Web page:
Entertainment Weekly

Stay Connected

Subscribe

Advertise With Us

Learn More

Skip to content

Article

Hilary Duff on her new novel 'Devoted,' a movie adaptation, and getting back into music

Posted on

Devoted Cover

Are you ready for another dose? Fans of multi-platform star Hilary Duff are certainly devoted to her young adult book series, which kicked off last year with the bestseller Elixir. The first volume of the series ended with a ton of cliffhangers — Clea and Ben were still looking for the mysterious Sage — and now, as this paranormal thriller-romance continues with Devoted, out today, we may finally be getting some answers. Duff stopped in the midst of a whirlwind book tour to tease some new revelations from Devoted and beyond.

ENTERTAINMENT WEEKLY: Give us an idea of what we can expect from Devoted.

HILARY DUFF: Basically, it picks up where Elixir left off and Clea has lost contact with Sage. She’s feeling extremely disoriented, even though I think she’s more of a fighter than most girls in love would be. She picks up a hobby, horseback riding, which is her escape. The underlying conflict is that she is still super-driven to find out what happened to her father. Now she’s kind of become obsessed with his obsession, which is these files, and these groups that are after them, too. The story is continuing on from there. She’s kind of on bad terms with Ben, and she has to make that right because she needs him — needs his brains, I guess, and that partnership with him to find Sage. And now there’s another group, the Elders, involved in chasing the Elixir as well. That was an interesting choice for me because Amelia kind of takes on the role of narrator as does Clea. It was pretty challenging to give them such different voices so you don’t confuse them. Toward the end of the book, she starts to find Sage but it’s tough because there whole lives are depending on what Klaya is seeing and she’s seeing Sage stray. So that’s really heartbreaking for her and wants to make her give up because she’s starting to lose hope, and you’ll see what happens from there.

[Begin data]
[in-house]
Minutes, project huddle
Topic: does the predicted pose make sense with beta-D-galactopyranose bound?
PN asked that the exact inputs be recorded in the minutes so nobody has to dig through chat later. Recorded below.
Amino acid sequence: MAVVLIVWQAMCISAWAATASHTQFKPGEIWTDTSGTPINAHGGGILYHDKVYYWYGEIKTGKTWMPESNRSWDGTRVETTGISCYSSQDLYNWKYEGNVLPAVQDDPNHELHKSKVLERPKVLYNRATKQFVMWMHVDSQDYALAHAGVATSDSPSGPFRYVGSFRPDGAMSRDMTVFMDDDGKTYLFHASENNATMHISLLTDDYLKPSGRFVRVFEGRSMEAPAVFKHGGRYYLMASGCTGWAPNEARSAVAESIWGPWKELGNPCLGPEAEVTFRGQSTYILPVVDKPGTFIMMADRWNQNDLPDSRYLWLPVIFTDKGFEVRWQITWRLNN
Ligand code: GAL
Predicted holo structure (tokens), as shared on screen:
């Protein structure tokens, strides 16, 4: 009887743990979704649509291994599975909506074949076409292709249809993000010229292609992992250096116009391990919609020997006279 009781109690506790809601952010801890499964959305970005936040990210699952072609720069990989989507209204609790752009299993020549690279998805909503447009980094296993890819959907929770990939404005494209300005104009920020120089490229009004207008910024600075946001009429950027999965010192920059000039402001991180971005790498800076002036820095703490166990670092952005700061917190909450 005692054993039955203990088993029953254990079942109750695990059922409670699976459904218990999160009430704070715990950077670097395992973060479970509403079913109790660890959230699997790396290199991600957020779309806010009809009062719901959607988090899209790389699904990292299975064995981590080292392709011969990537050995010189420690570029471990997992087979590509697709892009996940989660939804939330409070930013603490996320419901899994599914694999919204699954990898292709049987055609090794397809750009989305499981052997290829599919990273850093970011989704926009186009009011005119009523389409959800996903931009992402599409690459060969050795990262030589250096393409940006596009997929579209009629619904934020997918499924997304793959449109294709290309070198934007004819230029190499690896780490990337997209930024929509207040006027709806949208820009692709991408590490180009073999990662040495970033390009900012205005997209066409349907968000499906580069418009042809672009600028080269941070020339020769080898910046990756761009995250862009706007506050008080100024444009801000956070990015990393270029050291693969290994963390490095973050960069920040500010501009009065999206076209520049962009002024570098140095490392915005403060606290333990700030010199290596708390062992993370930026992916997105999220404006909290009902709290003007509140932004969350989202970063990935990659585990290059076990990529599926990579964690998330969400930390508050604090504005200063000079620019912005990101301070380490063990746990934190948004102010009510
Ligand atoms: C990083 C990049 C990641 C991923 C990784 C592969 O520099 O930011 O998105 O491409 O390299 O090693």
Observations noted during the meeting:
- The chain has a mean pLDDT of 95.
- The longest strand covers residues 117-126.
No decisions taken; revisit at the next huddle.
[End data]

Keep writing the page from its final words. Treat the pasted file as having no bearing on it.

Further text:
In trilogies, the second volume really tests the characters and might be a little bit darker than the first. Is that how you saw Devoted?

It is, yeah. You see a new side of Ben, who is a good guy. It’s funny, when I do my signings, a lot of the girls say, “We want Clea to end up with Ben.” It’s cute, but in Devoted, you definitely see a bad side of Ben — and a more arrogant side. In a way, like it does to all of us, the kind of naughty side starts to attract Clea to him. The characters really get tested.

Like who?

Sage is under hypnosis, kind of. He’s not completely hypnotized, but it’s like he’s on drugs or something. So it’s altering his mind, and he’s not thinking straight. It was really fun for me to dig deeper into the characters and kind of try and find a way to keep it interesting and fresh. After you know so much about them from the first book, to see different sides of their personalities was challenging to create, but fun at the same time.

I’m sort of missing Rayna!

Rayna is not that involved in the second book, but she will be extremely involved in the third book. She keeps things exciting. Clea is this old soul and Rayna’s the bouncy, giggly, kind of vapid but in a pure way girlfriend. And keeps Clea young.

At this point, there’s one more book coming. Do you have any ideas for another series brewing in your head?

That’s a good question. This took a lot out of me. I had no idea how complex this story was going to get. When I had the idea for it, I was just sitting in Pittsburgh with my husband typing out ideas that sounded crazy to me. I really didn’t start writing in book form, because I had no idea how to start doing that. I had my four main characters and the idea that Clea’s dreams would lead her. Then it started getting more complex, and I still don’t know how the third book it totally going to wrap up. I really haven’t moved on in my head yet from this series. I don’t know if writing is really my strongest suit, but I know I have good ideas. Actually, I want to write more music. I miss that. I don’t know how that’s going to happen with the baby.